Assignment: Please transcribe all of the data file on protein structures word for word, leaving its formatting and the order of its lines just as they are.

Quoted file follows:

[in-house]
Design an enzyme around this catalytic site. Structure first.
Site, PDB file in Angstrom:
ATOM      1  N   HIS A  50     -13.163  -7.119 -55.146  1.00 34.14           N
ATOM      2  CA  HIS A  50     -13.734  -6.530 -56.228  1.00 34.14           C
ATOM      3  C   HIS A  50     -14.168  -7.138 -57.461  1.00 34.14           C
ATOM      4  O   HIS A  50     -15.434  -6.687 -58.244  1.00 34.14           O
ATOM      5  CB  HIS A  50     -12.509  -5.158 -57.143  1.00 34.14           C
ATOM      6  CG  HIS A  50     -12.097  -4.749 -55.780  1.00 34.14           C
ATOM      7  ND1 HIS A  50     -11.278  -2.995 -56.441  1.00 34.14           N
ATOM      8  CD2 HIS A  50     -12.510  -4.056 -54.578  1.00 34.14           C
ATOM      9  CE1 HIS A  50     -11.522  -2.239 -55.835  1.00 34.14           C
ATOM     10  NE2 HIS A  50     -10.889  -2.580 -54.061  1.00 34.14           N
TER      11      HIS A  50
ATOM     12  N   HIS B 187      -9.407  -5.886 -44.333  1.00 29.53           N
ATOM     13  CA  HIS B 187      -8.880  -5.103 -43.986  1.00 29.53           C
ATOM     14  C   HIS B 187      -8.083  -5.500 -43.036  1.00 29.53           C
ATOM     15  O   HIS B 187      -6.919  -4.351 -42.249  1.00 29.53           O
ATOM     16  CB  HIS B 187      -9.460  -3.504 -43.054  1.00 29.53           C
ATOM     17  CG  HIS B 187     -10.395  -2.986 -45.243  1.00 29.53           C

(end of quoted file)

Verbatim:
[in-house]
Design an enzyme around this catalytic site. Structure first.
Site, PDB file in Angstrom:
ATOM      1  N   HIS A  50     -13.163  -7.119 -55.146  1.00 34.14           N
ATOM      2  CA  HIS A  50     -13.734  -6.530 -56.228  1.00 34.14           C
ATOM      3  C   HIS A  50     -14.168  -7.138 -57.461  1.00 34.14           C
ATOM      4  O   HIS A  50     -15.434  -6.687 -58.244  1.00 34.14           O
ATOM      5  CB  HIS A  50     -12.509  -5.158 -57.143  1.00 34.14           C
ATOM      6  CG  HIS A  50     -12.097  -4.749 -55.780  1.00 34.14           C
ATOM      7  ND1 HIS A  50     -11.278  -2.995 -56.441  1.00 34.14           N
ATOM      8  CD2 HIS A  50     -12.510  -4.056 -54.578  1.00 34.14           C
ATOM      9  CE1 HIS A  50     -11.522  -2.239 -55.835  1.00 34.14           C
ATOM     10  NE2 HIS A  50     -10.889  -2.580 -54.061  1.00 34.14           N
TER      11      HIS A  50
ATOM     12  N   HIS B 187      -9.407  -5.886 -44.333  1.00 29.53           N
ATOM     13  CA  HIS B 187      -8.880  -5.103 -43.986  1.00 29.53           C
ATOM     14  C   HIS B 187      -8.083  -5.500 -43.036  1.00 29.53           C
ATOM     15  O   HIS B 187      -6.919  -4.351 -42.249  1.00 29.53           O
ATOM     16  CB  HIS B 187      -9.460  -3.504 -43.054  1.00 29.53           C
ATOM     17  CG  HIS B 187     -10.395  -2.986 -45.243  1.00 29.53           C